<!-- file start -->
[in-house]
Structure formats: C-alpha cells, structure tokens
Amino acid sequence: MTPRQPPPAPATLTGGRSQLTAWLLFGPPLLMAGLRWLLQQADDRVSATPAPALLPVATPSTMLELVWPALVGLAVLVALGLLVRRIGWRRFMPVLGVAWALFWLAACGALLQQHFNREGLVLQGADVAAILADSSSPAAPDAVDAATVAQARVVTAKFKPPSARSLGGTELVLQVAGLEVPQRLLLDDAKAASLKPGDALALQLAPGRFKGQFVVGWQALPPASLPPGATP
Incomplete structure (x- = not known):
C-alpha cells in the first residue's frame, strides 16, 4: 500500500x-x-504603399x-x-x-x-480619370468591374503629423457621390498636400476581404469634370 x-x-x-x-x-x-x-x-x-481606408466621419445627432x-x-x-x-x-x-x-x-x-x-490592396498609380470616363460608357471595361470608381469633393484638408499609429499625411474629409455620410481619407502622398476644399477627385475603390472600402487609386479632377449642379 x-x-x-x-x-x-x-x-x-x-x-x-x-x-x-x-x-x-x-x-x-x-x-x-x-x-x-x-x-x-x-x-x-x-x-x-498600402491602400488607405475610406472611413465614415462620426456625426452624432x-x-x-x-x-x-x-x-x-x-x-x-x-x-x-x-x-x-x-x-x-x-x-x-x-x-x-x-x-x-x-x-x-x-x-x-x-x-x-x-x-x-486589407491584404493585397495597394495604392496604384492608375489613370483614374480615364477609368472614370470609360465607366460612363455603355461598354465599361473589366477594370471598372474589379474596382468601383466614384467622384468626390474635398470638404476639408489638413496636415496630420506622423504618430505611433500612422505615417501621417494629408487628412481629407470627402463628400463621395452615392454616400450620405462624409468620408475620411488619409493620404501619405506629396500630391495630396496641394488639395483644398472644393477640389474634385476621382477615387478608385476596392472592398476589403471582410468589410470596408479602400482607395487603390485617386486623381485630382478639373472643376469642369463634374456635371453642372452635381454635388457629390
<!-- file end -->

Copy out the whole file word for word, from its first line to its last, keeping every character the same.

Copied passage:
[in-house]
Structure formats: C-alpha cells, structure tokens
Amino acid sequence: MTPRQPPPAPATLTGGRSQLTAWLLFGPPLLMAGLRWLLQQADDRVSATPAPALLPVATPSTMLELVWPALVGLAVLVALGLLVRRIGWRRFMPVLGVAWALFWLAACGALLQQHFNREGLVLQGADVAAILADSSSPAAPDAVDAATVAQARVVTAKFKPPSARSLGGTELVLQVAGLEVPQRLLLDDAKAASLKPGDALALQLAPGRFKGQFVVGWQALPPASLPPGATP
Incomplete structure (x- = not known):
C-alpha cells in the first residue's frame, strides 16, 4: 500500500x-x-504603399x-x-x-x-480619370468591374503629423457621390498636400476581404469634370 x-x-x-x-x-x-x-x-x-481606408466621419445627432x-x-x-x-x-x-x-x-x-x-490592396498609380470616363460608357471595361470608381469633393484638408499609429499625411474629409455620410481619407502622398476644399477627385475603390472600402487609386479632377449642379 x-x-x-x-x-x-x-x-x-x-x-x-x-x-x-x-x-x-x-x-x-x-x-x-x-x-x-x-x-x-x-x-x-x-x-x-498600402491602400488607405475610406472611413465614415462620426456625426452624432x-x-x-x-x-x-x-x-x-x-x-x-x-x-x-x-x-x-x-x-x-x-x-x-x-x-x-x-x-x-x-x-x-x-x-x-x-x-x-x-x-x-486589407491584404493585397495597394495604392496604384492608375489613370483614374480615364477609368472614370470609360465607366460612363455603355461598354465599361473589366477594370471598372474589379474596382468601383466614384467622384468626390474635398470638404476639408489638413496636415496630420506622423504618430505611433500612422505615417501621417494629408487628412481629407470627402463628400463621395452615392454616400450620405462624409468620408475620411488619409493620404501619405506629396500630391495630396496641394488639395483644398472644393477640389474634385476621382477615387478608385476596392472592398476589403471582410468589410470596408479602400482607395487603390485617386486623381485630382478639373472643376469642369463634374456635371453642372452635381454635388457629390